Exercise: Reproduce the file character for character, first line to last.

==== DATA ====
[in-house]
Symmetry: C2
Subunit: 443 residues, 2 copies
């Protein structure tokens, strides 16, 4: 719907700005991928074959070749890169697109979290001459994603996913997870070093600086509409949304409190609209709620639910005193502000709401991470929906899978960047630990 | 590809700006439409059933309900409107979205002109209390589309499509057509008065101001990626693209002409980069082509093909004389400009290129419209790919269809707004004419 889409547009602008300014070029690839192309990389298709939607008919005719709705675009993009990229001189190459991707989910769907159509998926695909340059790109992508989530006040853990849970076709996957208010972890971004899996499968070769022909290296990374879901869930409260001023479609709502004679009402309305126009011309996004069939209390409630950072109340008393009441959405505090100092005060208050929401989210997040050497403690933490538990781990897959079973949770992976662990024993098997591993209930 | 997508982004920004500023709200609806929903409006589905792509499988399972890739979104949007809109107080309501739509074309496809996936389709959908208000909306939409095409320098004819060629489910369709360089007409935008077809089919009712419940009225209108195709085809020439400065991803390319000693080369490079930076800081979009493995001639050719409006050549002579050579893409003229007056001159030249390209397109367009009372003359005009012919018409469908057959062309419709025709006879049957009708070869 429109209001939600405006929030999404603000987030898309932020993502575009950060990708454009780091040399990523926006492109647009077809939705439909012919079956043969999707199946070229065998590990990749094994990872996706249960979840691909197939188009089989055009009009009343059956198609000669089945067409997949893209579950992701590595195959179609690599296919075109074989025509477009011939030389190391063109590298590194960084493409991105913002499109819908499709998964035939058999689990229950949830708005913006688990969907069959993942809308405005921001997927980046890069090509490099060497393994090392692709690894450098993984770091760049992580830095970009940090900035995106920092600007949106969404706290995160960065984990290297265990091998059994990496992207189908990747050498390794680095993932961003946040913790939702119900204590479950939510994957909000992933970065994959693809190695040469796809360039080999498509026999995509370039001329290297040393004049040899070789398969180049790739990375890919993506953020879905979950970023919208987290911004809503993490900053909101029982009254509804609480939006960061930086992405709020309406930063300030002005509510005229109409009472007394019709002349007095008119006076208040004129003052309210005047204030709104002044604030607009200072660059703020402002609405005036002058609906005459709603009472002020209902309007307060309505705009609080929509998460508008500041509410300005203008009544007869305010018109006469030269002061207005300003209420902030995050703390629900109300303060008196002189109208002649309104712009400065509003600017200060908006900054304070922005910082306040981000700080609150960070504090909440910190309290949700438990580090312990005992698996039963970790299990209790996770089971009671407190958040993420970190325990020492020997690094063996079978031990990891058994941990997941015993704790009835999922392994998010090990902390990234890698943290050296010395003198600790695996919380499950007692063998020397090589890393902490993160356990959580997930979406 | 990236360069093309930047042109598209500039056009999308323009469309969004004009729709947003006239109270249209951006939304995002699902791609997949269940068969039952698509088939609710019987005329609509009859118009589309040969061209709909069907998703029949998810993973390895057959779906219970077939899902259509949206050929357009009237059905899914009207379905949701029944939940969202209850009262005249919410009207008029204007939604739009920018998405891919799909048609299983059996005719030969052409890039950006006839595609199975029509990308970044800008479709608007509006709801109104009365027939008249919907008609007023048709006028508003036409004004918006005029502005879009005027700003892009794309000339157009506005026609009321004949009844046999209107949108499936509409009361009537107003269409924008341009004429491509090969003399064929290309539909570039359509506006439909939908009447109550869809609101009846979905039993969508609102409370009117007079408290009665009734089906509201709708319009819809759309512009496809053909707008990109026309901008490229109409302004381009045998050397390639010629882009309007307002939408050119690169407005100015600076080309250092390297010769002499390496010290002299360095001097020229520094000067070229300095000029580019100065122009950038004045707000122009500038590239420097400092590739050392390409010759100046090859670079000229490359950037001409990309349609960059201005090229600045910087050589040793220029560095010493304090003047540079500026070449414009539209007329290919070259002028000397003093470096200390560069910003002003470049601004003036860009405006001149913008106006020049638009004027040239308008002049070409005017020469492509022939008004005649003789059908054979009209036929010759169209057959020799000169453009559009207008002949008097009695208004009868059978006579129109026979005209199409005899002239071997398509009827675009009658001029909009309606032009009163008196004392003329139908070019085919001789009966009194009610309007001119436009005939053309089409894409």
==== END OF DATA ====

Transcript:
[in-house]
Symmetry: C2
Subunit: 443 residues, 2 copies
């Protein structure tokens, strides 16, 4: 719907700005991928074959070749890169697109979290001459994603996913997870070093600086509409949304409190609209709620639910005193502000709401991470929906899978960047630990 | 590809700006439409059933309900409107979205002109209390589309499509057509008065101001990626693209002409980069082509093909004389400009290129419209790919269809707004004419 889409547009602008300014070029690839192309990389298709939607008919005719709705675009993009990229001189190459991707989910769907159509998926695909340059790109992508989530006040853990849970076709996957208010972890971004899996499968070769022909290296990374879901869930409260001023479609709502004679009402309305126009011309996004069939209390409630950072109340008393009441959405505090100092005060208050929401989210997040050497403690933490538990781990897959079973949770992976662990024993098997591993209930 | 997508982004920004500023709200609806929903409006589905792509499988399972890739979104949007809109107080309501739509074309496809996936389709959908208000909306939409095409320098004819060629489910369709360089007409935008077809089919009712419940009225209108195709085809020439400065991803390319000693080369490079930076800081979009493995001639050719409006050549002579050579893409003229007056001159030249390209397109367009009372003359005009012919018409469908057959062309419709025709006879049957009708070869 429109209001939600405006929030999404603000987030898309932020993502575009950060990708454009780091040399990523926006492109647009077809939705439909012919079956043969999707199946070229065998590990990749094994990872996706249960979840691909197939188009089989055009009009009343059956198609000669089945067409997949893209579950992701590595195959179609690599296919075109074989025509477009011939030389190391063109590298590194960084493409991105913002499109819908499709998964035939058999689990229950949830708005913006688990969907069959993942809308405005921001997927980046890069090509490099060497393994090392692709690894450098993984770091760049992580830095970009940090900035995106920092600007949106969404706290995160960065984990290297265990091998059994990496992207189908990747050498390794680095993932961003946040913790939702119900204590479950939510994957909000992933970065994959693809190695040469796809360039080999498509026999995509370039001329290297040393004049040899070789398969180049790739990375890919993506953020879905979950970023919208987290911004809503993490900053909101029982009254509804609480939006960061930086992405709020309406930063300030002005509510005229109409009472007394019709002349007095008119006076208040004129003052309210005047204030709104002044604030607009200072660059703020402002609405005036002058609906005459709603009472002020209902309007307060309505705009609080929509998460508008500041509410300005203008009544007869305010018109006469030269002061207005300003209420902030995050703390629900109300303060008196002189109208002649309104712009400065509003600017200060908006900054304070922005910082306040981000700080609150960070504090909440910190309290949700438990580090312990005992698996039963970790299990209790996770089971009671407190958040993420970190325990020492020997690094063996079978031990990891058994941990997941015993704790009835999922392994998010090990902390990234890698943290050296010395003198600790695996919380499950007692063998020397090589890393902490993160356990959580997930979406 | 990236360069093309930047042109598209500039056009999308323009469309969004004009729709947003006239109270249209951006939304995002699902791609997949269940068969039952698509088939609710019987005329609509009859118009589309040969061209709909069907998703029949998810993973390895057959779906219970077939899902259509949206050929357009009237059905899914009207379905949701029944939940969202209850009262005249919410009207008029204007939604739009920018998405891919799909048609299983059996005719030969052409890039950006006839595609199975029509990308970044800008479709608007509006709801109104009365027939008249919907008609007023048709006028508003036409004004918006005029502005879009005027700003892009794309000339157009506005026609009321004949009844046999209107949108499936509409009361009537107003269409924008341009004429491509090969003399064929290309539909570039359509506006439909939908009447109550869809609101009846979905039993969508609102409370009117007079408290009665009734089906509201709708319009819809759309512009496809053909707008990109026309901008490229109409302004381009045998050397390639010629882009309007307002939408050119690169407005100015600076080309250092390297010769002499390496010290002299360095001097020229520094000067070229300095000029580019100065122009950038004045707000122009500038590239420097400092590739050392390409010759100046090859670079000229490359950037001409990309349609960059201005090229600045910087050589040793220029560095010493304090003047540079500026070449414009539209007329290919070259002028000397003093470096200390560069910003002003470049601004003036860009405006001149913008106006020049638009004027040239308008002049070409005017020469492509022939008004005649003789059908054979009209036929010759169209057959020799000169453009559009207008002949008097009695208004009868059978006579129109026979005209199409005899002239071997398509009827675009009658001029909009309606032009009163008196004392003329139908070019085919001789009966009194009610309007001119436009005939053309089409894409």